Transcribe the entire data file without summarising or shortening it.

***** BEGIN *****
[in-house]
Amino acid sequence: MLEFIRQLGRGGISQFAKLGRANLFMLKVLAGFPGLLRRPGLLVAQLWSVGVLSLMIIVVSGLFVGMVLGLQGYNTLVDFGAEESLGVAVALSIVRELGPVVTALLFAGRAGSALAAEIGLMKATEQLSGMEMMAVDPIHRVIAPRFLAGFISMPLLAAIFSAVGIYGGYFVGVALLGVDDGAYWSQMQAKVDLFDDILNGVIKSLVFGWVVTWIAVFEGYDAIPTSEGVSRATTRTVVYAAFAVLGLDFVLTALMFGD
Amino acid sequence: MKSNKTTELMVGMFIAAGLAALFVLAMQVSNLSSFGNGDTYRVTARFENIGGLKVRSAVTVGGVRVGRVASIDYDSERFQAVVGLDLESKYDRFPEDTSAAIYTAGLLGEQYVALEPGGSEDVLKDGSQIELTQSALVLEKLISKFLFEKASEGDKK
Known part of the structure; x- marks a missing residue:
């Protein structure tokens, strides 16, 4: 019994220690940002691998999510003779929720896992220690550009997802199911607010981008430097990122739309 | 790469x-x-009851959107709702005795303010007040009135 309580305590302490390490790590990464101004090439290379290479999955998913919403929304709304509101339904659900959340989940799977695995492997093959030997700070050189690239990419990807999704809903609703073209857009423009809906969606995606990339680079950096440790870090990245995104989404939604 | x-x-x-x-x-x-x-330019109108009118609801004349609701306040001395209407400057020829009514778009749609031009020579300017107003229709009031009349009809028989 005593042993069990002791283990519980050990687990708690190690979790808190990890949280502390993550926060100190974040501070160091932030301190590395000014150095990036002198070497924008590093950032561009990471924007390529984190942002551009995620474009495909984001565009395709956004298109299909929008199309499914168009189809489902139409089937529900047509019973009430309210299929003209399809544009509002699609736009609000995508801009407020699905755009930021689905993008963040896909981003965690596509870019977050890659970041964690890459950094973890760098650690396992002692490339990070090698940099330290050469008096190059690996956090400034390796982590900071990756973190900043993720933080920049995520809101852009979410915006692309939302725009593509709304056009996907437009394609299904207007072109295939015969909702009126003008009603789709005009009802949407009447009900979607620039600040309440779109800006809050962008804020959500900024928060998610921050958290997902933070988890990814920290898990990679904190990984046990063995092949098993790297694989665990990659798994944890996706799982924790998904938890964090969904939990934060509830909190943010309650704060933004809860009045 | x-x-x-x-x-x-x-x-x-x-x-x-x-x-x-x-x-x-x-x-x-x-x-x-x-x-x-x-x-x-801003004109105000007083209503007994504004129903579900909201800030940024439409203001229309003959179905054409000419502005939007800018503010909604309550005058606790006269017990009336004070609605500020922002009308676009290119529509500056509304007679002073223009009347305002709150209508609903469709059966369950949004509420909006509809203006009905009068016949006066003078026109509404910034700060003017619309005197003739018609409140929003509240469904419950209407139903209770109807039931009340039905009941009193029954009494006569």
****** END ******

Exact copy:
[in-house]
Amino acid sequence: MLEFIRQLGRGGISQFAKLGRANLFMLKVLAGFPGLLRRPGLLVAQLWSVGVLSLMIIVVSGLFVGMVLGLQGYNTLVDFGAEESLGVAVALSIVRELGPVVTALLFAGRAGSALAAEIGLMKATEQLSGMEMMAVDPIHRVIAPRFLAGFISMPLLAAIFSAVGIYGGYFVGVALLGVDDGAYWSQMQAKVDLFDDILNGVIKSLVFGWVVTWIAVFEGYDAIPTSEGVSRATTRTVVYAAFAVLGLDFVLTALMFGD
Amino acid sequence: MKSNKTTELMVGMFIAAGLAALFVLAMQVSNLSSFGNGDTYRVTARFENIGGLKVRSAVTVGGVRVGRVASIDYDSERFQAVVGLDLESKYDRFPEDTSAAIYTAGLLGEQYVALEPGGSEDVLKDGSQIELTQSALVLEKLISKFLFEKASEGDKK
Known part of the structure; x- marks a missing residue:
């Protein structure tokens, strides 16, 4: 019994220690940002691998999510003779929720896992220690550009997802199911607010981008430097990122739309 | 790469x-x-009851959107709702005795303010007040009135 309580305590302490390490790590990464101004090439290379290479999955998913919403929304709304509101339904659900959340989940799977695995492997093959030997700070050189690239990419990807999704809903609703073209857009423009809906969606995606990339680079950096440790870090990245995104989404939604 | x-x-x-x-x-x-x-330019109108009118609801004349609701306040001395209407400057020829009514778009749609031009020579300017107003229709009031009349009809028989 005593042993069990002791283990519980050990687990708690190690979790808190990890949280502390993550926060100190974040501070160091932030301190590395000014150095990036002198070497924008590093950032561009990471924007390529984190942002551009995620474009495909984001565009395709956004298109299909929008199309499914168009189809489902139409089937529900047509019973009430309210299929003209399809544009509002699609736009609000995508801009407020699905755009930021689905993008963040896909981003965690596509870019977050890659970041964690890459950094973890760098650690396992002692490339990070090698940099330290050469008096190059690996956090400034390796982590900071990756973190900043993720933080920049995520809101852009979410915006692309939302725009593509709304056009996907437009394609299904207007072109295939015969909702009126003008009603789709005009009802949407009447009900979607620039600040309440779109800006809050962008804020959500900024928060998610921050958290997902933070988890990814920290898990990679904190990984046990063995092949098993790297694989665990990659798994944890996706799982924790998904938890964090969904939990934060509830909190943010309650704060933004809860009045 | x-x-x-x-x-x-x-x-x-x-x-x-x-x-x-x-x-x-x-x-x-x-x-x-x-x-x-x-x-x-801003004109105000007083209503007994504004129903579900909201800030940024439409203001229309003959179905054409000419502005939007800018503010909604309550005058606790006269017990009336004070609605500020922002009308676009290119529509500056509304007679002073223009009347305002709150209508609903469709059966369950949004509420909006509809203006009905009068016949006066003078026109509404910034700060003017619309005197003739018609409140929003509240469904419950209407139903209770109807039931009340039905009941009193029954009494006569």